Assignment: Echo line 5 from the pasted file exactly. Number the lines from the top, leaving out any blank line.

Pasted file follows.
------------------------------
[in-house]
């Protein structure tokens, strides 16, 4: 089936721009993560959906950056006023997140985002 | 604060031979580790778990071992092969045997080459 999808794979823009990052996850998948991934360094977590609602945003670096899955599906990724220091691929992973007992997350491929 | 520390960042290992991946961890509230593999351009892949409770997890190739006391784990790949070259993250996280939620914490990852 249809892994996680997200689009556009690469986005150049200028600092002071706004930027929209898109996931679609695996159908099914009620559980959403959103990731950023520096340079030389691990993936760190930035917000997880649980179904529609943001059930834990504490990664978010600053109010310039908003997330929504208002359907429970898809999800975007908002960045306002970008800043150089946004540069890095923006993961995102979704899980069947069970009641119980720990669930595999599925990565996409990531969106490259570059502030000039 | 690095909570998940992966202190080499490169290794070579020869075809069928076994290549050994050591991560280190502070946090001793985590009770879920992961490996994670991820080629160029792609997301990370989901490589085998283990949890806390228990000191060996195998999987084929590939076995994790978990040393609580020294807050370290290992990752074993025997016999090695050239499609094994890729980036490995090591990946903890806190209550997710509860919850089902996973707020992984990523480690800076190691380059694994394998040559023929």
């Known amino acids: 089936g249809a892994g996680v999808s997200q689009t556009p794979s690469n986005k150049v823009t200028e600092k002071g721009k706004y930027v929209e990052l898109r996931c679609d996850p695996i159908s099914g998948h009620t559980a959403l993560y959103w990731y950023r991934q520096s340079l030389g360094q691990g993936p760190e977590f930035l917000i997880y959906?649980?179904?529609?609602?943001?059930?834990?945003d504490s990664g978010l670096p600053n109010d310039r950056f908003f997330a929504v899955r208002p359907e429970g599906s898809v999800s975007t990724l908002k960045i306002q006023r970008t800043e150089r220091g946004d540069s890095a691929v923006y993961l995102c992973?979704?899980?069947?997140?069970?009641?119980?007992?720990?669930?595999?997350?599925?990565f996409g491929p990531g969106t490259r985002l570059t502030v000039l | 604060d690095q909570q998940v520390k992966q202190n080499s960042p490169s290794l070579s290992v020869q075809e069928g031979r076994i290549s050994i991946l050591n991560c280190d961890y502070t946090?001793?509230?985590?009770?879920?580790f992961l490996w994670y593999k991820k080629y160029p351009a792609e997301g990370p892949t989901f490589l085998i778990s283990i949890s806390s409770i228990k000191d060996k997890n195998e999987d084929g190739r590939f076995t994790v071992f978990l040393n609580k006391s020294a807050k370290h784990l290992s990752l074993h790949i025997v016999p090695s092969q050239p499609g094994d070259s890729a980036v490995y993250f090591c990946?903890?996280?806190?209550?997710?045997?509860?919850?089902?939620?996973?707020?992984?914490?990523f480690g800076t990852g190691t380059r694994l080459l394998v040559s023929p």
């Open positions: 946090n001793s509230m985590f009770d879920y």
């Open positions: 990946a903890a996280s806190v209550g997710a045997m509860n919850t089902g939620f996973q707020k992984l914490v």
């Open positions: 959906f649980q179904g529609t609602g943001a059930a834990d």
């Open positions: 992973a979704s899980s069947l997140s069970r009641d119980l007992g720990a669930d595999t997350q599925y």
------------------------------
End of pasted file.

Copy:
């Open positions: 990946a903890a996280s806190v209550g997710a045997m509860n919850t089902g939620f996973q707020k992984l914490v």